Sunday, 30 October 2005

BBC iMP trial: review part 1

I've blogged about the BBC's pioneering iMP (Interactive Media Player) trial before (see the end of this post about the BBC and things digital), saying I'd signed up to be considered for the further trial.

For those who don't know, this involves testing a planned new BBC service called MyBBCPlayer, supposedly launching in 2006, to allow BBC programmes, TV as well as radio, to be available free via the Net (to UK users only) for 7 days after the broadcast date. After the 7 days the downloaded programme will be automatically deleted from your hard drive. (For more on that see the BBC press release in August 2005).

Well I've been accepted for the trial, so I shall be reporting on my experiences. The software is by KonTiki.

The first thing I have to say, though, is that the very long questionnaire they make you fill in about all sorts of things on yourself and your habits and your family etc, before you're allowed to download the software is way longer than they claim - it took me at least half an hour not just 15 minutes, and it was so long that I had to keep going back to it in between doing my work (I was naughtily doing it in the office because I had believed them when they said it would only take a few minutes) and it kept timing out on me. They've also been staggering the downloading (as in, letting people do it in batches - men first, apparently!) to ease the load on their servers.

And then as a triallist you have to fill in an online diary for one week each month, charting not just your TV and radio usage (and exactly which channels you watched or listened to when), but also your Internet use. Period. Not watching video or listening to audio over the Net, but ANY Net use, like shopping or browsing! Got to say I didn't see the point of that (and as I'm online virtually all the time, mine was pretty much full), but mine not to question their stats gathering.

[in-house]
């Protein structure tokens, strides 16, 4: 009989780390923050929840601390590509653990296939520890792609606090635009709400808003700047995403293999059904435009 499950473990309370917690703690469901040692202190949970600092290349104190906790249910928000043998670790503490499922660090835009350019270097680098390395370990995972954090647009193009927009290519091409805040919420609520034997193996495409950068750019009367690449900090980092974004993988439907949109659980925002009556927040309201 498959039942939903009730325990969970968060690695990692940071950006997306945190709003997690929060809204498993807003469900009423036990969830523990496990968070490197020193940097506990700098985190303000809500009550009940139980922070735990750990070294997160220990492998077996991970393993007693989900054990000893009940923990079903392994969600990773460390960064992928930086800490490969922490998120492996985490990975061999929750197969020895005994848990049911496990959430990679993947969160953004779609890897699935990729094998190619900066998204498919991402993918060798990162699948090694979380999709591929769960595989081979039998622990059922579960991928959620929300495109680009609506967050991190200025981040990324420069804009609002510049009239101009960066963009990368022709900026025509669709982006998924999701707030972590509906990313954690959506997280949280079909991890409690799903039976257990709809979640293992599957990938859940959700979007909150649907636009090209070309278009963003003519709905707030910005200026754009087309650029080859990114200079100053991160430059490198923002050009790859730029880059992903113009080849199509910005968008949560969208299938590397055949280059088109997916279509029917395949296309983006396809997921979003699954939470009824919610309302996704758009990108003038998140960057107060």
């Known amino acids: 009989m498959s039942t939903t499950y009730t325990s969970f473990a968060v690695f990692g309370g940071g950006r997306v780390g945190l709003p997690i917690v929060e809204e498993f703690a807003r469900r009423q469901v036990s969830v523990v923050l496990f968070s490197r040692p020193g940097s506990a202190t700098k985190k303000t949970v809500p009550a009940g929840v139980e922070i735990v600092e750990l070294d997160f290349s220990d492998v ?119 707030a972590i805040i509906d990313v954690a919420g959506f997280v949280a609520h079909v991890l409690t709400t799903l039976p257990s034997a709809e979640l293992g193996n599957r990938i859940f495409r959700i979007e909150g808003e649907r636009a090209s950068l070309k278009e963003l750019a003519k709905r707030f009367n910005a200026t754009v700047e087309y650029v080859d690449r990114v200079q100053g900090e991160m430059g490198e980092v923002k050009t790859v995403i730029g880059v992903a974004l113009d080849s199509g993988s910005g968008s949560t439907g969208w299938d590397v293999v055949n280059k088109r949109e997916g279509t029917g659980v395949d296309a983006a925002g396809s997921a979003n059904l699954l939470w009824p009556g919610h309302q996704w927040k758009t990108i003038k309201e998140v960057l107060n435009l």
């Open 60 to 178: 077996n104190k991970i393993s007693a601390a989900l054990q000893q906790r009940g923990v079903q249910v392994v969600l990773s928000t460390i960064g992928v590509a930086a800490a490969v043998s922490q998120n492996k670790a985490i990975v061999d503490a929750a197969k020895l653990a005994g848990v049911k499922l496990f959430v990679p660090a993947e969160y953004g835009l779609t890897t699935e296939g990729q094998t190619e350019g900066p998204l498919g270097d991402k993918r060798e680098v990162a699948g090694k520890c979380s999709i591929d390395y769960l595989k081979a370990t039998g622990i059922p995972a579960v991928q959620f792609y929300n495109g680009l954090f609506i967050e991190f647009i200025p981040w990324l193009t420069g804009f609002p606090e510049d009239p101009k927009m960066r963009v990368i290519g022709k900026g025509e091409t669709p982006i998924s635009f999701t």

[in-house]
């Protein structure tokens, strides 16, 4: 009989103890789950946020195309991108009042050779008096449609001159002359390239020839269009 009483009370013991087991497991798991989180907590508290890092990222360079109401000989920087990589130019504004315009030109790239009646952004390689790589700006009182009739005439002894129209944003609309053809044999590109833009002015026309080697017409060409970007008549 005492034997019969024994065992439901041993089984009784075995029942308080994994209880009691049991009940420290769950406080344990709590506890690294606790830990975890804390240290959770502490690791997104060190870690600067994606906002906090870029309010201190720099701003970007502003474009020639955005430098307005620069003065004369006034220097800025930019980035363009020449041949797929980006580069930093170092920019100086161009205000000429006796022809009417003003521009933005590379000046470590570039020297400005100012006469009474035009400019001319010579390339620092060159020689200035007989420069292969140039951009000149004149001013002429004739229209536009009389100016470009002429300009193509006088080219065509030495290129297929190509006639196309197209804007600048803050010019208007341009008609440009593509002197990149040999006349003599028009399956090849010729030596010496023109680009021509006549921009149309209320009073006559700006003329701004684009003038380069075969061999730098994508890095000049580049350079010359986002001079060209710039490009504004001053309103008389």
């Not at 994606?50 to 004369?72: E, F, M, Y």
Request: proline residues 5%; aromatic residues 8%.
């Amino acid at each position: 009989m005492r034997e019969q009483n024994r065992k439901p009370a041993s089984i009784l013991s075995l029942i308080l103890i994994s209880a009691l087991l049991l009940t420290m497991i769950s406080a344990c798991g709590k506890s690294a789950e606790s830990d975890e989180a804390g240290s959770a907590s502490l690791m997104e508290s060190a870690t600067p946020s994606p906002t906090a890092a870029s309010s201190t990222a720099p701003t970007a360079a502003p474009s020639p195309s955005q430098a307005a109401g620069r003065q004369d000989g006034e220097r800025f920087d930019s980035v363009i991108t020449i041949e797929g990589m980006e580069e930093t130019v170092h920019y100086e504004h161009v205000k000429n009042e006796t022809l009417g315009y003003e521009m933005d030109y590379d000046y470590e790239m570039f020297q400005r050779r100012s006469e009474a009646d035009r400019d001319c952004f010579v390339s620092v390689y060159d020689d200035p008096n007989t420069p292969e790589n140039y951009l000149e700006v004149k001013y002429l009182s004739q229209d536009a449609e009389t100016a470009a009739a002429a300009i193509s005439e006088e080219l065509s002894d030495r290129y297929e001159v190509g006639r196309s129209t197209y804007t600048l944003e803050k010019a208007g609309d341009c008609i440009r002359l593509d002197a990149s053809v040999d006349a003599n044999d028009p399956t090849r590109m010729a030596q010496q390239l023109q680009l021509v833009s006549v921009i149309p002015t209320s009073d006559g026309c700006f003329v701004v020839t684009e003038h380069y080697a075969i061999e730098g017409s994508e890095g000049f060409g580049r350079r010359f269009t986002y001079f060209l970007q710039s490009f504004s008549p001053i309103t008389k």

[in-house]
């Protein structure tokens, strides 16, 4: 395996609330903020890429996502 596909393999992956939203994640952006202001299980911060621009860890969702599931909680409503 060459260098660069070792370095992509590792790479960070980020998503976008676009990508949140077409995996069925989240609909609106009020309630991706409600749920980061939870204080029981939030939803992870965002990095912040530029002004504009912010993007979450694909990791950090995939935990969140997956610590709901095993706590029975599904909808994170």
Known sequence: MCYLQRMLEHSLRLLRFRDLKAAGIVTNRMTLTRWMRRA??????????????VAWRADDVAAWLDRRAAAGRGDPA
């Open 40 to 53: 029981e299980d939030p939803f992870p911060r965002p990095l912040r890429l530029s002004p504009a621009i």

Usability niggles with the online diary (as usability is a big bugbear for me): you can only fill in the diary for a particular day AFTER that day has passed; it's greyed out and inaccessible before that. Why you can't fill it in as you go along, on the SAME day, is beyond me. That would have been the most accurate and easy way for triallists to do it. Sure, we may not be online or logged in to the required page all the time while the TV or radio is on, but I usually am, and they should have catered for the people who are, rather than eliminated that option.

Plus, for each thing you do (watch TV, use the Net etc) you have to indicate whether you do it Live, or as a Replay. Including Net usage (which really should default to filling in "Live" automatically if you check that box). How can you use the Net on a "replay" basis, I ask, unless you're viewing a page offline maybe? (And I'll bet you anything that's not what they had in mind!). I also counted email as "Net usage", not just web browsing, as they gave no guidance on what they meant.

OK, on to the more interesting stuff. Some more info on iMP:
And I discovered that you can actually see some of the pages you get via their special iMP software, which clearly uses Internet Explorer behind the scenes, even if you don't have the software, so if you aren't on the trial you can still get an idea of what part of it looks like (the part which displays Web pages downloaded from the BBC site) just via your web browser (use Internet Explorer as that's what the trial is designed for). Here are some links, which will open in a new window - note that the page will be missing the tabs along the top and not all the links on it will work (nor will the search box, and you may get a popup box you have to get rid of if you try it in Firefox):
So far, it's been working well for me. You will have seen from the official page (including FAQ) that it's all very PC, Windows and Internet Explorer-centric, using Windows Media 9 Digital Rights Management. But " Should the service be approved, we aim to make it accessible for different platforms, like Macintosh and Linux. Our suppliers are currently working towards this."

You can even transfer downloaded programmes to your mobile or other portable device, though I've not tried it yet.

Initial impressions are that viewing (again hooking into Windows Media Player) is decent - clear pictures, good sound, a "full screen" view - but that the finding of programmes, particularly through browsing rather than searching, such as the filtering, leaves something to be desired.

I'll report further after I've been using it more. [Note: now see BBC iMP tips and tricks, thoughts on the major issues with iMP, and the BBC Trust consultation on bringing in what will now be called iPlayer in May or June 2007]

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